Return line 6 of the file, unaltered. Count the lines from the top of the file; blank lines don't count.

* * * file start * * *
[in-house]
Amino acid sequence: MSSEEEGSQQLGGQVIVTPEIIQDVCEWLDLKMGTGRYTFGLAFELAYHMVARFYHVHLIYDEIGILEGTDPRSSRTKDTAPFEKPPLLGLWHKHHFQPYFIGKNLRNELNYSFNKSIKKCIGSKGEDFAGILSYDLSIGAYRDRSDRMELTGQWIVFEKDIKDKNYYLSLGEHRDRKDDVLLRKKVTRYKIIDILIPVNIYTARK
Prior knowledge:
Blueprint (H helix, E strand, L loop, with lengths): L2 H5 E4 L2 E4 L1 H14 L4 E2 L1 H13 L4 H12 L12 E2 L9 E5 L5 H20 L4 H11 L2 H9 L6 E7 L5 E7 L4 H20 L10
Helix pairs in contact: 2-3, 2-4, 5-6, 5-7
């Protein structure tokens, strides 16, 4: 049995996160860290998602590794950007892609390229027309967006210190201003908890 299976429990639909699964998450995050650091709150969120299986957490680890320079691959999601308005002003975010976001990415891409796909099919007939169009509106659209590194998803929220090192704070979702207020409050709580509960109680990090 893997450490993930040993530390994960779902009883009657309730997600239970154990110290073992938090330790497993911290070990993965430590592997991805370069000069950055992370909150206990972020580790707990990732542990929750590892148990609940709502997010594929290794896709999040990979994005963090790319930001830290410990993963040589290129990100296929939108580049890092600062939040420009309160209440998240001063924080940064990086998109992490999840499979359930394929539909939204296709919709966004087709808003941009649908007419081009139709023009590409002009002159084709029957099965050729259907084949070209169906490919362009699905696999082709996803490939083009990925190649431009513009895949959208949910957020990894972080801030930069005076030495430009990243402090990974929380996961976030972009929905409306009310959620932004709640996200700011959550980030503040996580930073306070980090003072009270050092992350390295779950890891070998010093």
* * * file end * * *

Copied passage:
């Protein structure tokens, strides 16, 4: 049995996160860290998602590794950007892609390229027309967006210190201003908890 299976429990639909699964998450995050650091709150969120299986957490680890320079691959999601308005002003975010976001990415891409796909099919007939169009509106659209590194998803929220090192704070979702207020409050709580509960109680990090 893997450490993930040993530390994960779902009883009657309730997600239970154990110290073992938090330790497993911290070990993965430590592997991805370069000069950055992370909150206990972020580790707990990732542990929750590892148990609940709502997010594929290794896709999040990979994005963090790319930001830290410990993963040589290129990100296929939108580049890092600062939040420009309160209440998240001063924080940064990086998109992490999840499979359930394929539909939204296709919709966004087709808003941009649908007419081009139709023009590409002009002159084709029957099965050729259907084949070209169906490919362009699905696999082709996803490939083009990925190649431009513009895949959208949910957020990894972080801030930069005076030495430009990243402090990974929380996961976030972009929905409306009310959620932004709640996200700011959550980030503040996580930073306070980090003072009270050092992350390295779950890891070998010093």